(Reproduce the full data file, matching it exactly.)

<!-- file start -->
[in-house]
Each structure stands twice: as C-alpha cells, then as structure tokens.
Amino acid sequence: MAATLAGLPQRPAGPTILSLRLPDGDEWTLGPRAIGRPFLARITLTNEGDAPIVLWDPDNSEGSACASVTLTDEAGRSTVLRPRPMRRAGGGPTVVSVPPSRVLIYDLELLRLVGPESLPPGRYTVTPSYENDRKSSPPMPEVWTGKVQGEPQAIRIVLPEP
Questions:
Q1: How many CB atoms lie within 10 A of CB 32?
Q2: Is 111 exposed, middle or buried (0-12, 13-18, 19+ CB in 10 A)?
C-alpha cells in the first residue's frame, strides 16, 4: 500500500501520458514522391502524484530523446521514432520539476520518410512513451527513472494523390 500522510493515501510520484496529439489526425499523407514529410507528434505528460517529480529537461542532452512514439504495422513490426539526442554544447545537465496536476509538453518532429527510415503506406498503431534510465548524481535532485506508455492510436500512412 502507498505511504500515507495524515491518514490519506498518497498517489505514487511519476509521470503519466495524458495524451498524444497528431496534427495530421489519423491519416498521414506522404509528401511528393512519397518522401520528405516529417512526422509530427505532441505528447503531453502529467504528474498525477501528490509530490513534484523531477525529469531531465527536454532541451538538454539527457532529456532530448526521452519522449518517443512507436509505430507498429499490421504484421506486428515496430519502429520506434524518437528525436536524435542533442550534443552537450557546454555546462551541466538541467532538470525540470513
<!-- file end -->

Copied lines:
[in-house]
Each structure stands twice: as C-alpha cells, then as structure tokens.
Amino acid sequence: MAATLAGLPQRPAGPTILSLRLPDGDEWTLGPRAIGRPFLARITLTNEGDAPIVLWDPDNSEGSACASVTLTDEAGRSTVLRPRPMRRAGGGPTVVSVPPSRVLIYDLELLRLVGPESLPPGRYTVTPSYENDRKSSPPMPEVWTGKVQGEPQAIRIVLPEP
Questions:
Q1: How many CB atoms lie within 10 A of CB 32?
Q2: Is 111 exposed, middle or buried (0-12, 13-18, 19+ CB in 10 A)?
C-alpha cells in the first residue's frame, strides 16, 4: 500500500501520458514522391502524484530523446521514432520539476520518410512513451527513472494523390 500522510493515501510520484496529439489526425499523407514529410507528434505528460517529480529537461542532452512514439504495422513490426539526442554544447545537465496536476509538453518532429527510415503506406498503431534510465548524481535532485506508455492510436500512412 502507498505511504500515507495524515491518514490519506498518497498517489505514487511519476509521470503519466495524458495524451498524444497528431496534427495530421489519423491519416498521414506522404509528401511528393512519397518522401520528405516529417512526422509530427505532441505528447503531453502529467504528474498525477501528490509530490513534484523531477525529469531531465527536454532541451538538454539527457532529456532530448526521452519522449518517443512507436509505430507498429499490421504484421506486428515496430519502429520506434524518437528525436536524435542533442550534443552537450557546454555546462551541466538541467532538470525540470513